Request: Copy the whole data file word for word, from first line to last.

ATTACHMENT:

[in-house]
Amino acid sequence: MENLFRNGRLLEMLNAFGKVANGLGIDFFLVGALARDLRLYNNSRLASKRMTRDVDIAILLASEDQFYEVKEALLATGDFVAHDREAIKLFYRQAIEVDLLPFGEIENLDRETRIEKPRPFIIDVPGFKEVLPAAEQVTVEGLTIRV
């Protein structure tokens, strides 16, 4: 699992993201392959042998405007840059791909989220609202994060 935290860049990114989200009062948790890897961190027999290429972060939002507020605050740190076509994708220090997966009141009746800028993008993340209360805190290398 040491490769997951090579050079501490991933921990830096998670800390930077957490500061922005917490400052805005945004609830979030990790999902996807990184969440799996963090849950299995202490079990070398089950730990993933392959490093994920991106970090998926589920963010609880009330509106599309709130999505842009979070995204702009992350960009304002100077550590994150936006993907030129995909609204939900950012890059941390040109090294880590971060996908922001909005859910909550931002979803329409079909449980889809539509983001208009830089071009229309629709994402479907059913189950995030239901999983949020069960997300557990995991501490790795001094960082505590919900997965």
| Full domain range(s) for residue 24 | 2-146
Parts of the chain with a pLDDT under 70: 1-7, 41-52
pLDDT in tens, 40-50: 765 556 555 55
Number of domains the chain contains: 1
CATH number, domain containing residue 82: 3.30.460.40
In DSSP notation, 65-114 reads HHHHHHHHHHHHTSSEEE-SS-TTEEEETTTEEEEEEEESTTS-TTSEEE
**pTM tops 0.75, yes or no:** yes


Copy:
[in-house]
Amino acid sequence: MENLFRNGRLLEMLNAFGKVANGLGIDFFLVGALARDLRLYNNSRLASKRMTRDVDIAILLASEDQFYEVKEALLATGDFVAHDREAIKLFYRQAIEVDLLPFGEIENLDRETRIEKPRPFIIDVPGFKEVLPAAEQVTVEGLTIRV
């Protein structure tokens, strides 16, 4: 699992993201392959042998405007840059791909989220609202994060 935290860049990114989200009062948790890897961190027999290429972060939002507020605050740190076509994708220090997966009141009746800028993008993340209360805190290398 040491490769997951090579050079501490991933921990830096998670800390930077957490500061922005917490400052805005945004609830979030990790999902996807990184969440799996963090849950299995202490079990070398089950730990993933392959490093994920991106970090998926589920963010609880009330509106599309709130999505842009979070995204702009992350960009304002100077550590994150936006993907030129995909609204939900950012890059941390040109090294880590971060996908922001909005859910909550931002979803329409079909449980889809539509983001208009830089071009229309629709994402479907059913189950995030239901999983949020069960997300557990995991501490790795001094960082505590919900997965």
| Full domain range(s) for residue 24 | 2-146
Parts of the chain with a pLDDT under 70: 1-7, 41-52
pLDDT in tens, 40-50: 765 556 555 55
Number of domains the chain contains: 1
CATH number, domain containing residue 82: 3.30.460.40
In DSSP notation, 65-114 reads HHHHHHHHHHHHTSSEEE-SS-TTEEEETTTEEEEEEEESTTS-TTSEEE
**pTM tops 0.75, yes or no:** yes